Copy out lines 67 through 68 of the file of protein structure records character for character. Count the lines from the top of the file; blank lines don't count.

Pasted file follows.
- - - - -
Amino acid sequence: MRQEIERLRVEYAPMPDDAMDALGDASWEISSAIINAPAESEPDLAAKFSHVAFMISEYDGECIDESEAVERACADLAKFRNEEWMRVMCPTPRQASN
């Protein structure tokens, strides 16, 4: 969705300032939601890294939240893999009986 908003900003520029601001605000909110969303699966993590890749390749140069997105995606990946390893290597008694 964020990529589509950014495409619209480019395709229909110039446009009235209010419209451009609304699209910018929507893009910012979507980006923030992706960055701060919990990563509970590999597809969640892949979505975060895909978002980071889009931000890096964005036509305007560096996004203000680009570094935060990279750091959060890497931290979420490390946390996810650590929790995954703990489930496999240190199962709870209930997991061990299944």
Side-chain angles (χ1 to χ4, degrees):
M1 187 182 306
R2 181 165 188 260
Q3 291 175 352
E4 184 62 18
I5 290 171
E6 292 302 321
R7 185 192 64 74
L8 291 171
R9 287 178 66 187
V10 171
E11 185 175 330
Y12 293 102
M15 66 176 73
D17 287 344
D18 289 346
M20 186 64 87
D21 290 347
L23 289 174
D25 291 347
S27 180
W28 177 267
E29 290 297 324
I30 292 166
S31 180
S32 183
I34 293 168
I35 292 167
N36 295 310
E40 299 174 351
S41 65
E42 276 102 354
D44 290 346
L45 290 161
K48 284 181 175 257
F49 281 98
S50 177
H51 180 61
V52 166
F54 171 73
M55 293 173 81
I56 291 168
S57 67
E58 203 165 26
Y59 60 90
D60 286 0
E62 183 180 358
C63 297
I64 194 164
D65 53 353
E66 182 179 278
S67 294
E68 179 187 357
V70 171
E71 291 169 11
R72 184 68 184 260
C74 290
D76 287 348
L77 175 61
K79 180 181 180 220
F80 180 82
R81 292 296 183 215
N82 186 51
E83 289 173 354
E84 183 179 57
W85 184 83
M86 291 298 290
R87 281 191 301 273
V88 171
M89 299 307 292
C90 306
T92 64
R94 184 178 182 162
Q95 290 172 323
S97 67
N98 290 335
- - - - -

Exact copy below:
E84 183 179 57
W85 184 83